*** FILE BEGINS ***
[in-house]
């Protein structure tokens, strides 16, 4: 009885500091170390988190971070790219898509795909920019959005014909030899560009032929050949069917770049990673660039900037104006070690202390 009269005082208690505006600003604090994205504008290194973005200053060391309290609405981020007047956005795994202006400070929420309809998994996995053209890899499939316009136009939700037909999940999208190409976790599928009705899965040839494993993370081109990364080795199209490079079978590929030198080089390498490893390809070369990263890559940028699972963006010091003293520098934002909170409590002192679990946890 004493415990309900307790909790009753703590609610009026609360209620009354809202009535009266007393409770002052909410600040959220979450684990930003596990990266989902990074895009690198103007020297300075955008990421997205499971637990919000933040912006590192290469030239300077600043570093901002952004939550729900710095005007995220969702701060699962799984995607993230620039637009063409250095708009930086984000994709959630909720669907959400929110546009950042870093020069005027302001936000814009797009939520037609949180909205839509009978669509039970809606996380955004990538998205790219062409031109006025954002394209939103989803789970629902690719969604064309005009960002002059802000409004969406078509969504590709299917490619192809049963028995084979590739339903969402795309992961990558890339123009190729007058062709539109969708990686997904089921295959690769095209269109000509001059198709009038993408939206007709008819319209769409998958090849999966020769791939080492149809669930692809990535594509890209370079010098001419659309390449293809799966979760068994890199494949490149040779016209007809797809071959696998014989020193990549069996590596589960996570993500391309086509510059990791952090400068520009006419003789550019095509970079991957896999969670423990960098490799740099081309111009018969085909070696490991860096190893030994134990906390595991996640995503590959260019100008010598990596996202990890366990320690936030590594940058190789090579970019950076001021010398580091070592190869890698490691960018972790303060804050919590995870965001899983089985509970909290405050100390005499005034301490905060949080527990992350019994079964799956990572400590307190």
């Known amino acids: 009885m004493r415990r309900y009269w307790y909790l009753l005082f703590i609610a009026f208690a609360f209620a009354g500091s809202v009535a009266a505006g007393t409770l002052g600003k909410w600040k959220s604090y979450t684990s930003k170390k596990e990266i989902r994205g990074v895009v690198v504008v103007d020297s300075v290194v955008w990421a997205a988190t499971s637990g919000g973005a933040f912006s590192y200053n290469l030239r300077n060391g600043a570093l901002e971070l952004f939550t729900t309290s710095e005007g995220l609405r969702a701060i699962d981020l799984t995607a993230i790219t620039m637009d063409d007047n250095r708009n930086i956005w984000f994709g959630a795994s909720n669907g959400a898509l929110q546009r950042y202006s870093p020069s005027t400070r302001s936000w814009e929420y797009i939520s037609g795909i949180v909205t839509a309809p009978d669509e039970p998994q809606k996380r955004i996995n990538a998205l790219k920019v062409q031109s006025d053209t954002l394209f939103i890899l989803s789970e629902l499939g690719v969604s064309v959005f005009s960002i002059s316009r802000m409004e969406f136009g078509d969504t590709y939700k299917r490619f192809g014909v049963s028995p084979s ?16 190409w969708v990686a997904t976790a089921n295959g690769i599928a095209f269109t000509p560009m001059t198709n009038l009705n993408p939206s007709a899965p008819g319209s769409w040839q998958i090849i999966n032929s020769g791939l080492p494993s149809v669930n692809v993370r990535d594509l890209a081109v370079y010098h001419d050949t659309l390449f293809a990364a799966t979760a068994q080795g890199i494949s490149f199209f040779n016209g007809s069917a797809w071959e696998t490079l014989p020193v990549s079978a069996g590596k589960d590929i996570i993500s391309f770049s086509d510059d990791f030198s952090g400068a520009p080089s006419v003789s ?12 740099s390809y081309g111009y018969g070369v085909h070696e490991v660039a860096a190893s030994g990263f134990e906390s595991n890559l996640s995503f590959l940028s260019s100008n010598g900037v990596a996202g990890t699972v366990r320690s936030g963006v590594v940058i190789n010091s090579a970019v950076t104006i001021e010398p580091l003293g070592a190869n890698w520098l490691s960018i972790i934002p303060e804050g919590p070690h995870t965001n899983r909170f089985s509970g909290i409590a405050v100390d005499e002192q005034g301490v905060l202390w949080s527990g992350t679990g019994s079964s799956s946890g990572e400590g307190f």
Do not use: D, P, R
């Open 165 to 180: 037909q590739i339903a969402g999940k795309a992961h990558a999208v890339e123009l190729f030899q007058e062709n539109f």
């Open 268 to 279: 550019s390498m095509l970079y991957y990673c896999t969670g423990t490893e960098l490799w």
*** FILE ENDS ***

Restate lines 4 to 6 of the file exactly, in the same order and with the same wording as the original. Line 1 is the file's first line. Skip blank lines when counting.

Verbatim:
Do not use: D, P, R
């Open 165 to 180: 037909q590739i339903a969402g999940k795309a992961h990558a999208v890339e123009l190729f030899q007058e062709n539109f």
């Open 268 to 279: 550019s390498m095509l970079y991957y990673c896999t969670g423990t490893e960098l490799w």